A visit to a former hacienda which is just begging to be bought and restored to it's former glory! Anyone need a project? 

An abandoned garden in an abandoned hacienda waiting for someone to rescue and restore it. Maybe a B&B?

And if this is not enough, the Caribbean coast including the ruins at Tulum, the Mayan Riviera, and our favorite beach escape is an easy drive away from Merida. Here are a couple of photographs of what I will be sharing in another posting for this area of Mexico.

 The ruins at Tulum with its stunning white sand beach is an unbeatable combination!

Can you guess where this might be? It's less than five hours from Merida!

Just thinking of all the great things to see and do in the state of Yucatan makes me want to get back on the bus and take off for a return visit and most especially to Merida. In the meantime, I will just have to dream of a return!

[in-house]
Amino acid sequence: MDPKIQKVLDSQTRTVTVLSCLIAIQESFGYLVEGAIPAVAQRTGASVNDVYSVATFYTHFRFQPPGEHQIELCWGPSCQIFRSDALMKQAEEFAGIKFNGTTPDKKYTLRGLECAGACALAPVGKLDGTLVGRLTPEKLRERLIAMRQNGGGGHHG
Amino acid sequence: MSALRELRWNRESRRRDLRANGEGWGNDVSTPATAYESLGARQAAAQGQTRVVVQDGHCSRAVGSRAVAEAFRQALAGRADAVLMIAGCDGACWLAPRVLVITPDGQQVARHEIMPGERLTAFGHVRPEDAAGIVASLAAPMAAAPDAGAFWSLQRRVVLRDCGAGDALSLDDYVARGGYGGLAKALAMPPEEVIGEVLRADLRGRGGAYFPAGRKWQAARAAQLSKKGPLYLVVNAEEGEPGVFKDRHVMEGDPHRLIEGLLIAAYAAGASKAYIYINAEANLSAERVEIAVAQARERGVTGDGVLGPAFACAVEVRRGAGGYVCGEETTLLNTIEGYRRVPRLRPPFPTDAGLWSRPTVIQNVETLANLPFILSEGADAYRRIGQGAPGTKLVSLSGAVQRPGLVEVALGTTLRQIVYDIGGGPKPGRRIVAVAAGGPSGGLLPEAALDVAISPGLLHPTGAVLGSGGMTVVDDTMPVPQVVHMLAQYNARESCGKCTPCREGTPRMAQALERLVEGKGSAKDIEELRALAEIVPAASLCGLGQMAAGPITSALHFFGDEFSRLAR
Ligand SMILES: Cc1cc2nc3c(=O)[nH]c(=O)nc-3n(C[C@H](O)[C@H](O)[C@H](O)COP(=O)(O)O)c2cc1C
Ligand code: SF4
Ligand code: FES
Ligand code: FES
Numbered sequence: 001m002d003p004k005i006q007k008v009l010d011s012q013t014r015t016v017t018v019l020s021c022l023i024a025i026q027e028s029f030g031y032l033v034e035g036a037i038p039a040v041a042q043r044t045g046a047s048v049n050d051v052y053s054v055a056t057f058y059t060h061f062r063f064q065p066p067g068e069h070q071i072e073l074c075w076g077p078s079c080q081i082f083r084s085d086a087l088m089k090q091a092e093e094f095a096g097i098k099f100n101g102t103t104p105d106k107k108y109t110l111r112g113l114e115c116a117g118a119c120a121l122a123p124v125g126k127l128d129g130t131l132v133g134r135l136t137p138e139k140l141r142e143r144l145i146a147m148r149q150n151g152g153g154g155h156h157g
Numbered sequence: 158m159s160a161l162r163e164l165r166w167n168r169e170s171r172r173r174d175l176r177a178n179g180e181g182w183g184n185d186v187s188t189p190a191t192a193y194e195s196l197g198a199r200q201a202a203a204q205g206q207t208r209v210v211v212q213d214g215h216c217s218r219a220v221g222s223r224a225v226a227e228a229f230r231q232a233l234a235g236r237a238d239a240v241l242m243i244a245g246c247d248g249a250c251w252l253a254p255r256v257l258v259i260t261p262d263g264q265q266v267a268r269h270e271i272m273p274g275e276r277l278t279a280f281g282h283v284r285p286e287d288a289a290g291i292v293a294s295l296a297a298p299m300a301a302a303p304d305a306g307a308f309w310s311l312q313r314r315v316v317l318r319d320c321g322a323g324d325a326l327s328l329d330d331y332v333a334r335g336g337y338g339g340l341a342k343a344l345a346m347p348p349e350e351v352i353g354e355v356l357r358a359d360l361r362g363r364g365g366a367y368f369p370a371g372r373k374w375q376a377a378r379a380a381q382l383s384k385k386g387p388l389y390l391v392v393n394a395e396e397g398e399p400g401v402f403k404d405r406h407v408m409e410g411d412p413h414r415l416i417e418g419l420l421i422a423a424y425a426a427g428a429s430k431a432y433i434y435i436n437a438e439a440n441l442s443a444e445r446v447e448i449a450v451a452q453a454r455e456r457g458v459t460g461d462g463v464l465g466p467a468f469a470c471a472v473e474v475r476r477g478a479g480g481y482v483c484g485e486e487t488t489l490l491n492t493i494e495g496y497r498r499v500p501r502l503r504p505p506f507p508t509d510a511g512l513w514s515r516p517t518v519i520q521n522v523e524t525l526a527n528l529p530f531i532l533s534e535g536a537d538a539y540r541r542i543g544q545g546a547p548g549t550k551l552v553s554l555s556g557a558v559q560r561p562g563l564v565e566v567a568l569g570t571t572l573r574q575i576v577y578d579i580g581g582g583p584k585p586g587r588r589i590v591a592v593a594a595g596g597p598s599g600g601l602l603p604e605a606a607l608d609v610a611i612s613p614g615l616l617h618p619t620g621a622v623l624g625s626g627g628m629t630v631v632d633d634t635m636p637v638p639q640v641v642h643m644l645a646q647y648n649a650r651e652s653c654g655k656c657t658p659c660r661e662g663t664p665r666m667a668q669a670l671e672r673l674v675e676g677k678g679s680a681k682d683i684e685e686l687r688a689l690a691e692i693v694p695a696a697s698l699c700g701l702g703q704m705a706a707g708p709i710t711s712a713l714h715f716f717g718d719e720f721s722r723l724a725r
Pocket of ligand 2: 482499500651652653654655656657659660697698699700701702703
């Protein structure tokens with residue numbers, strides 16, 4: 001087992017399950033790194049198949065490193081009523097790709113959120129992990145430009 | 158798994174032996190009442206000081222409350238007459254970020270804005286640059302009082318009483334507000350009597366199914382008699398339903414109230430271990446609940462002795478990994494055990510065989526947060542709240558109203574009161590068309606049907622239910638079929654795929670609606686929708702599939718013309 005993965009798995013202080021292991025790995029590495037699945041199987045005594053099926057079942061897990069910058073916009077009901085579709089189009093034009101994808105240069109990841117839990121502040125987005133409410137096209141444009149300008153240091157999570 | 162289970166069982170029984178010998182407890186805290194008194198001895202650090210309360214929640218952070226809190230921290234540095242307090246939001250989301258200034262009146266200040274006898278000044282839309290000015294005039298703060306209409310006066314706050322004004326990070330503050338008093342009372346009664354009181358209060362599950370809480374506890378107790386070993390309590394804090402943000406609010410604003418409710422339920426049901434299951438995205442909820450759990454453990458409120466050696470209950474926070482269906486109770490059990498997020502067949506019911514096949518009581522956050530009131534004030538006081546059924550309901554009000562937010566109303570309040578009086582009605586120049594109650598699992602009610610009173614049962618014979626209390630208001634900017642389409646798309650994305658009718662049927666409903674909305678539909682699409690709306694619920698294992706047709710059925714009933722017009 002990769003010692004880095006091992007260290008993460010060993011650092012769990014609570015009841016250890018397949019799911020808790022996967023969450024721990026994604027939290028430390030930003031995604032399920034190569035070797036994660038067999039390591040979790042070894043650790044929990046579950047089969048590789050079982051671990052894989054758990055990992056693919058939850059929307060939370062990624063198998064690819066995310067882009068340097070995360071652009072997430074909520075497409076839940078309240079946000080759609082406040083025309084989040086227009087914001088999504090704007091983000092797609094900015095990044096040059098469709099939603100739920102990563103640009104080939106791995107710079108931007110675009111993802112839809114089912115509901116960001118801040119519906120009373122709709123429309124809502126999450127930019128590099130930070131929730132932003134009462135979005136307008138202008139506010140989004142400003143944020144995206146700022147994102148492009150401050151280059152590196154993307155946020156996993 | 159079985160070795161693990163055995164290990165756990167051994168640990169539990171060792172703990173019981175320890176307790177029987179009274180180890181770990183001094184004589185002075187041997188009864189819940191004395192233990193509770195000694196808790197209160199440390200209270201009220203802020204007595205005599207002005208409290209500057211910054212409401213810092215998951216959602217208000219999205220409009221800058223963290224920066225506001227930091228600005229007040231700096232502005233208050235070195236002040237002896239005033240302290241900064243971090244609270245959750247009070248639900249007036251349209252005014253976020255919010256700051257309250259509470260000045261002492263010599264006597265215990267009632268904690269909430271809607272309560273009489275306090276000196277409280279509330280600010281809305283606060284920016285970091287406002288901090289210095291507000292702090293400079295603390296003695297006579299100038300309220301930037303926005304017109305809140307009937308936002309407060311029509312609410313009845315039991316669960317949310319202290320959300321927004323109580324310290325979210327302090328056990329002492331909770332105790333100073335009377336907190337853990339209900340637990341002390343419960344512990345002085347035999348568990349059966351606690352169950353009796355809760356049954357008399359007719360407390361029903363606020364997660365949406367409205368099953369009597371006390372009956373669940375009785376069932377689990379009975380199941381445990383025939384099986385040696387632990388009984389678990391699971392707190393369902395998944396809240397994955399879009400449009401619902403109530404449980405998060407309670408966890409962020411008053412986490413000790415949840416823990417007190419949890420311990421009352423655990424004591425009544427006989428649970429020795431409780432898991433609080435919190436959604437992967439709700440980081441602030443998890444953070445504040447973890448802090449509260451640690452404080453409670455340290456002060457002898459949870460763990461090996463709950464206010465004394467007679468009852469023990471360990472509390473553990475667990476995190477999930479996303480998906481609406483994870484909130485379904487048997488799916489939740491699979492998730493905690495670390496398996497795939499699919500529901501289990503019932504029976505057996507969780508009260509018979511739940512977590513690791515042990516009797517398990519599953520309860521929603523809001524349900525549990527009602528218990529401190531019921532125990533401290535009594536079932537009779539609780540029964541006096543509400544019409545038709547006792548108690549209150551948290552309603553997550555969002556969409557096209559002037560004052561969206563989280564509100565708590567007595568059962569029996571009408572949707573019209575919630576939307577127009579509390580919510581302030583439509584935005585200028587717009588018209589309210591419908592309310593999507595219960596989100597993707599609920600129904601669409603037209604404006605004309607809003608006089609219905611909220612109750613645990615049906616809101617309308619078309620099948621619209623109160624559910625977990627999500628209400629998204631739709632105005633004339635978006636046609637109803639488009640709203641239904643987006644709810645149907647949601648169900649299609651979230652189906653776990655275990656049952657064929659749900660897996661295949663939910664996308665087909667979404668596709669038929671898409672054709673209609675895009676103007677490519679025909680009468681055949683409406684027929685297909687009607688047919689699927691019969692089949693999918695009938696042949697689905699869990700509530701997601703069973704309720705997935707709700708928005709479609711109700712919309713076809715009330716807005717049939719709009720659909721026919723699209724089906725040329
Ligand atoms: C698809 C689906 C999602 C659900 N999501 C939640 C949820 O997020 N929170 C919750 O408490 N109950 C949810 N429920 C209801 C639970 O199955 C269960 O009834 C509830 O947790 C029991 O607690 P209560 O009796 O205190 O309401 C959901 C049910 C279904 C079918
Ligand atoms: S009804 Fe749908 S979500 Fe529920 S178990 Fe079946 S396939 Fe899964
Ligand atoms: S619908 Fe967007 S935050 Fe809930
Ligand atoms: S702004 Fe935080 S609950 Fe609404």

I remember many, many years ago hearing that a picture is worth a thousand words. Well, I am a believer so following is a link to my WEB ALBUM which has additional photos for this posting.


I sincerely look forward to hearing from my visitors. Please do not hesitate to contact me with any comments, suggestions, or questions. Until next time, saludos and gracias, Laura

Memories are just a click away!